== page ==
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Ex-MSP Bill Walker Jailed For Attacks On Family
Former MSP Bill Walker has been jailed for 12 months for a string of attacks on his three ex-wives and a stepdaughter.
The 71-year-old was convicted of 23 charges of domestic abuse last month but held onto his Dunfermline seat for 16 days before submitting his resignation to the Scottish Parliament.
Walker assaulted his first wife, Maureen Traquair, three times in the 1960s and 1980s, on one occasion punching her in the face two weeks before their wedding day.
He attacked his second wife Anne Gruber 15 times between 1978 and 1984, punching, slapping and kicking her and threatening to scald her with hot coffee.
He also assaulted Mrs Gruber's 16-year-old daughter Anne Louise Paterson by repeatedly striking her on the head with a saucepan during a row over a trifle in 1978, and attacked his third wife Diana Walker four times between 1988 and 1995.
Walker, of Alloa, Clackmannanshire, denied the charges, claiming he had acted in self-defence in relation to three of them and was the victim of a smear campaign.
However, Sheriff Kathrine Mackie told him he was "controlling, domineering, demeaning and belittling" towards his former wives.
Passing sentence, she said: "Your incredulity at being convicted of these offences and your perceived victimisation are further indications of your abdication of responsibility for your behaviour.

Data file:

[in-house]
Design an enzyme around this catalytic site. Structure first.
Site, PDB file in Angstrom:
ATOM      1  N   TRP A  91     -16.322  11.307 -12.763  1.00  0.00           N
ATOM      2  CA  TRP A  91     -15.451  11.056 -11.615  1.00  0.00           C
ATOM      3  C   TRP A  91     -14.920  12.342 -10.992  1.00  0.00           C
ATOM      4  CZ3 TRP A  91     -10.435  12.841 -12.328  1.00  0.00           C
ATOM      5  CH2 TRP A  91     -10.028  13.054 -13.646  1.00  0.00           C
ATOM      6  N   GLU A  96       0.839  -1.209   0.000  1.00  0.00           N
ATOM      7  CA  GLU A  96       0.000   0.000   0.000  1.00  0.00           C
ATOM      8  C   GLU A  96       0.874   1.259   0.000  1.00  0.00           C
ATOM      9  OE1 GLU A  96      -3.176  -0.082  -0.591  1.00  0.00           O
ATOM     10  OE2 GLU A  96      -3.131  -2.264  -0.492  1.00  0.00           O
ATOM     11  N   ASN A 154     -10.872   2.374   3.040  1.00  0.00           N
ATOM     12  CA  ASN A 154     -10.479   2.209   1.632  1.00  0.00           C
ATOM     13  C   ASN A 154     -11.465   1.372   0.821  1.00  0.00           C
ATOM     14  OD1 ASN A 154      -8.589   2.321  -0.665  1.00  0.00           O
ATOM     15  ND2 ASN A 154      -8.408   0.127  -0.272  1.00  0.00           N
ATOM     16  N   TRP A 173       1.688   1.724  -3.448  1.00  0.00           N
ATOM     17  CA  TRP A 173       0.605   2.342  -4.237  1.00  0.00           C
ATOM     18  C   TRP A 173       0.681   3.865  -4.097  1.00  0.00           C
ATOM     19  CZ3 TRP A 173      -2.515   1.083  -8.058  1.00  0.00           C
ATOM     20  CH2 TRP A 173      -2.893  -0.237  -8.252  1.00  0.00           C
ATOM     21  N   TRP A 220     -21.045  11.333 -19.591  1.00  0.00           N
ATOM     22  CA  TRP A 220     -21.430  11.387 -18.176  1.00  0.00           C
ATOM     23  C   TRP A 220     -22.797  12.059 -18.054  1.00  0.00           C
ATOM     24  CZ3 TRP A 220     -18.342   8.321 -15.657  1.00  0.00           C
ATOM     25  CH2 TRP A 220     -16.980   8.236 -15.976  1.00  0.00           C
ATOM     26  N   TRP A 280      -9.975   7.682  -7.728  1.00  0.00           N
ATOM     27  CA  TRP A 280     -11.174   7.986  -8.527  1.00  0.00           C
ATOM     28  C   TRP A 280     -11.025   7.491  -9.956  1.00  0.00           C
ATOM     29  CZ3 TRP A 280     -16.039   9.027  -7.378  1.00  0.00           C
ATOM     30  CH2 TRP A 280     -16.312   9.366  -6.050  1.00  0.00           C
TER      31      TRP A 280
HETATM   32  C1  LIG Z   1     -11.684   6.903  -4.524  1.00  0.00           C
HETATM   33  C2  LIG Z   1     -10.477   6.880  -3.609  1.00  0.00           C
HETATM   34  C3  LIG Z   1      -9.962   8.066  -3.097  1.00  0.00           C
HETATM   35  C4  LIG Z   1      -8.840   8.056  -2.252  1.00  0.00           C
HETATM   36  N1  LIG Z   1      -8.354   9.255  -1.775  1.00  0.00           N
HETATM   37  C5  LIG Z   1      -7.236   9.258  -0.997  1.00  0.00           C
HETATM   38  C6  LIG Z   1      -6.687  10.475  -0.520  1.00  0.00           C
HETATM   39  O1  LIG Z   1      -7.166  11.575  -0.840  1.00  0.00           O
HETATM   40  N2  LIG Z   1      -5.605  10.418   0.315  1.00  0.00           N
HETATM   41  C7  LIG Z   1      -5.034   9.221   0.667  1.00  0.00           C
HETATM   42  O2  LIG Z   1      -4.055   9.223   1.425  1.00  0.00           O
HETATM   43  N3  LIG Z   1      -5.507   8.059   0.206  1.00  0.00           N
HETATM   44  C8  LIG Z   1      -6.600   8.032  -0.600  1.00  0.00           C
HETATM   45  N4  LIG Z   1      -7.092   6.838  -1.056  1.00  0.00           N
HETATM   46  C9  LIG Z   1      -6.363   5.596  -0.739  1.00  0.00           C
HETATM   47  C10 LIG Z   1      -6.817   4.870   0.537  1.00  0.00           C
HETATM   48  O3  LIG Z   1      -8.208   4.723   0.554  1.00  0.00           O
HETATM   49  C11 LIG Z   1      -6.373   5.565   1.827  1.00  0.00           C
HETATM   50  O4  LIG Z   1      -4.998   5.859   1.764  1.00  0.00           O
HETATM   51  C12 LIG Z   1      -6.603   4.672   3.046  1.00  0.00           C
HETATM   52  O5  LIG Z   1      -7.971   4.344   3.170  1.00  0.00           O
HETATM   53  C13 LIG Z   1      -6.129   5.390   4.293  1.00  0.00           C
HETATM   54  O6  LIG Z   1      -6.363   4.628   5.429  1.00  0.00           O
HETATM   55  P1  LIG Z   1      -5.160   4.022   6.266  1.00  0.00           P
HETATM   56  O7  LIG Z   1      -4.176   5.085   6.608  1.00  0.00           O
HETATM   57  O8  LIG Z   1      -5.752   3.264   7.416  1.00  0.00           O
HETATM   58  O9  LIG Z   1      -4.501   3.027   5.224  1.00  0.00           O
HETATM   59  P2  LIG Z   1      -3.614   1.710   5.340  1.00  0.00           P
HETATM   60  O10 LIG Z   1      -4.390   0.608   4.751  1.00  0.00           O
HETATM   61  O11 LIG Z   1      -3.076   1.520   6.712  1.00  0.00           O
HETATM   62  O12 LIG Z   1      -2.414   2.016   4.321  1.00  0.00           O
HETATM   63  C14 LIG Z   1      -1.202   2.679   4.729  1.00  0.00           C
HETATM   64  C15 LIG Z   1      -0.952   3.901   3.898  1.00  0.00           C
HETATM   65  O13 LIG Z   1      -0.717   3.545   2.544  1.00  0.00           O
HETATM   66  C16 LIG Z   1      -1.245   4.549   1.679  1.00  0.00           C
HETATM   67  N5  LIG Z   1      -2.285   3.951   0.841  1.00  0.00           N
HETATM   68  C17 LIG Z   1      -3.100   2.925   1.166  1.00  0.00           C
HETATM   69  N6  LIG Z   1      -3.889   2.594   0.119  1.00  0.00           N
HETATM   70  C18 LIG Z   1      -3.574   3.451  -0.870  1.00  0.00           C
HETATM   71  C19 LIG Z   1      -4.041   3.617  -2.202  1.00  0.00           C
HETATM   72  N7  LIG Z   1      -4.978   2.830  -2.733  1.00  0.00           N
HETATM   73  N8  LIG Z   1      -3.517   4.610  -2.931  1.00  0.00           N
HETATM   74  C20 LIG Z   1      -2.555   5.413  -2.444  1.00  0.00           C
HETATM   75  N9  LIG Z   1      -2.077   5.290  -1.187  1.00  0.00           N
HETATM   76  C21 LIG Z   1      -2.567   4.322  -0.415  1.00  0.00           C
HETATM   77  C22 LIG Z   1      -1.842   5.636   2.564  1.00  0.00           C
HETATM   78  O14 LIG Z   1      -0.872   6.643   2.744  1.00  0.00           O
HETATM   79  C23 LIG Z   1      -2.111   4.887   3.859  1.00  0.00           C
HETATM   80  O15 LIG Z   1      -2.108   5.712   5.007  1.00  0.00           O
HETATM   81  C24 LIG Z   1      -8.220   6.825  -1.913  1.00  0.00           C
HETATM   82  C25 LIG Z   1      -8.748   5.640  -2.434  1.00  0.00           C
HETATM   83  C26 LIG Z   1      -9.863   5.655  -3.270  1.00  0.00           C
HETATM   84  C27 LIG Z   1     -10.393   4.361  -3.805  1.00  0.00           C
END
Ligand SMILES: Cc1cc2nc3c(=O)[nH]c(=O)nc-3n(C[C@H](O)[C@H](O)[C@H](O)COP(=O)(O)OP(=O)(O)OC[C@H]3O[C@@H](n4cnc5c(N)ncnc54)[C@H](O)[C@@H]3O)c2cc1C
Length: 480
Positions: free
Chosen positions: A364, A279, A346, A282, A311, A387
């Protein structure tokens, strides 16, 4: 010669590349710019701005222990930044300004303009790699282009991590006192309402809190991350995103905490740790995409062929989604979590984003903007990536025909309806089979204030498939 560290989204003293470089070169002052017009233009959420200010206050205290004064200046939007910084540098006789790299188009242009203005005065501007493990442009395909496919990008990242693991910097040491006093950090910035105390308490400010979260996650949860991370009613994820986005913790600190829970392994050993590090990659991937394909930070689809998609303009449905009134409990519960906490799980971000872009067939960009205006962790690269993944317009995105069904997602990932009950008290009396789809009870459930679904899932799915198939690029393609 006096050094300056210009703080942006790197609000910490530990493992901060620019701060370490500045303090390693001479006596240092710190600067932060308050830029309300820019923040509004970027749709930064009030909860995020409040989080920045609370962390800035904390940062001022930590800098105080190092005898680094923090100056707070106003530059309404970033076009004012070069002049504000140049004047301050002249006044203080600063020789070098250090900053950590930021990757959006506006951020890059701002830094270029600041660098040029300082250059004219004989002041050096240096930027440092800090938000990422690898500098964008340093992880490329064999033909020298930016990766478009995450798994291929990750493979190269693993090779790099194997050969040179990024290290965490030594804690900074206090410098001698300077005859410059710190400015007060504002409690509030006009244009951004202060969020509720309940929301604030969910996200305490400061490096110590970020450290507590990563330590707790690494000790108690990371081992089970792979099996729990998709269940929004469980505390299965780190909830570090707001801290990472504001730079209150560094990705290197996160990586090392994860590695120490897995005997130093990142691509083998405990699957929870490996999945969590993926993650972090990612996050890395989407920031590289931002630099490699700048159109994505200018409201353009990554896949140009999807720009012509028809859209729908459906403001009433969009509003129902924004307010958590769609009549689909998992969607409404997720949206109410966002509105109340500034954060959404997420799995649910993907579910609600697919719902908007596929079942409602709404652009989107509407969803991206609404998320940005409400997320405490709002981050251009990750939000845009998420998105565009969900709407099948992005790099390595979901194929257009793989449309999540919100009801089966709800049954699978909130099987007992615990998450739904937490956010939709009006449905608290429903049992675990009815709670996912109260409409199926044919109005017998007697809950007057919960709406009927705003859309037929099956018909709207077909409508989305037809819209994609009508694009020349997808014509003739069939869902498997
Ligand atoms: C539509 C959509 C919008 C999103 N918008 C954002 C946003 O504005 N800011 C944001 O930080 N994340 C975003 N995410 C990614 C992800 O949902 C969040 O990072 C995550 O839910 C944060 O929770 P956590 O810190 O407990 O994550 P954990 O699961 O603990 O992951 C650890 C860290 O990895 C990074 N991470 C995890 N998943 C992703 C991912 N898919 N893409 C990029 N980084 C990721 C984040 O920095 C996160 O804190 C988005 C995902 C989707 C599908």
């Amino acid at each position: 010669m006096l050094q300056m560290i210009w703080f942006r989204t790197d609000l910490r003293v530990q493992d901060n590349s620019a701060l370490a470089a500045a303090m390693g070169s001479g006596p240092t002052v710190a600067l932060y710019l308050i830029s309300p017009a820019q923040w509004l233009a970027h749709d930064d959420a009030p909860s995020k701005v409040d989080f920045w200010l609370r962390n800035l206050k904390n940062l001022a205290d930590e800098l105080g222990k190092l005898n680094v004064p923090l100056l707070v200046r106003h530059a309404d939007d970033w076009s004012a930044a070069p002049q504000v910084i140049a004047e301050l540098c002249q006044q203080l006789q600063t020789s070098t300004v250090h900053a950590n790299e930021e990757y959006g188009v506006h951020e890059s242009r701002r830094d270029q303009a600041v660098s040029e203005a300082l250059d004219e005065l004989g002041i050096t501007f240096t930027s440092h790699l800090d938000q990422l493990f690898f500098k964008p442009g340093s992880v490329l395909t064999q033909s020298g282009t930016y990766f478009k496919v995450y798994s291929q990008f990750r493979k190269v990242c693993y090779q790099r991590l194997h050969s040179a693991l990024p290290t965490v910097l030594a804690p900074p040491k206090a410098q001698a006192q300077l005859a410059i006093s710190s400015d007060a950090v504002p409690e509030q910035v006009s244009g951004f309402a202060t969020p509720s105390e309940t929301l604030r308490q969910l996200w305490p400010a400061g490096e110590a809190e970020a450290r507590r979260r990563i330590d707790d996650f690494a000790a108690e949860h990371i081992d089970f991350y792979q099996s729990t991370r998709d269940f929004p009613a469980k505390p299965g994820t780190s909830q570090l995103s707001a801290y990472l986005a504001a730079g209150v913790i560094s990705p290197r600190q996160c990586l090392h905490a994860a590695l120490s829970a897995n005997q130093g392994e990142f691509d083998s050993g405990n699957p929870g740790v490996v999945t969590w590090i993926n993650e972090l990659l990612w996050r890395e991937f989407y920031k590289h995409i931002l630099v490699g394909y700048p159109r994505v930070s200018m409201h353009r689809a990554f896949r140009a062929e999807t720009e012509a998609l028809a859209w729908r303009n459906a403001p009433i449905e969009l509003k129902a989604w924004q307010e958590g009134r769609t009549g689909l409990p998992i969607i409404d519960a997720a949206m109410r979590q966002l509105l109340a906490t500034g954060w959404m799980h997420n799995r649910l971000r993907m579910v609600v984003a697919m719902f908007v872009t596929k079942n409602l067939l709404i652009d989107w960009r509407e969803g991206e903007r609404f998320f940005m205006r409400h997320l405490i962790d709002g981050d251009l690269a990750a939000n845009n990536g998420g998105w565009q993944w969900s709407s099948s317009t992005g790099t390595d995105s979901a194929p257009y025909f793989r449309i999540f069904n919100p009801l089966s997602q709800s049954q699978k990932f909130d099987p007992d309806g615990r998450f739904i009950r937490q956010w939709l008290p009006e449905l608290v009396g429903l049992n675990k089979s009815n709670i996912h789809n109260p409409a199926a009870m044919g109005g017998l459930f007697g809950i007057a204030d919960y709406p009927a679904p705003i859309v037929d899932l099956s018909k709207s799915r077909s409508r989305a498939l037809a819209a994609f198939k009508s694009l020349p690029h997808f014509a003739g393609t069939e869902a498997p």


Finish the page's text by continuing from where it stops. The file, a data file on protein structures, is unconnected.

"You have shown what can only be described as contempt for your former wives and your stepdaughter in the derogatory manner in which you refer to them.
"I formed the opinion that you have no understanding of the impact of domestic abuse on victims or children.
"I have been unable to detect, either during the trial or in the reports, any evidence of remorse for anything or anyone except yourself."
Walker was also convicted of breaching the peace for brandishing an air rifle at Mrs Gruber's house after she went out for a birthday meal with another man.
He was suspended and expelled from the Scottish National Party after revelations about the abuse surfaced in a Sunday newspaper last year.
Walker's solicitor advocate Gordon Martin said he had hoped to round off a "distinguished life" by serving as an MSP but his reputation was now "in tatters".
"In fairness, it might be the man now before the court is different from the man who was spoken of by the various witnesses in court over the length of the trial," he said.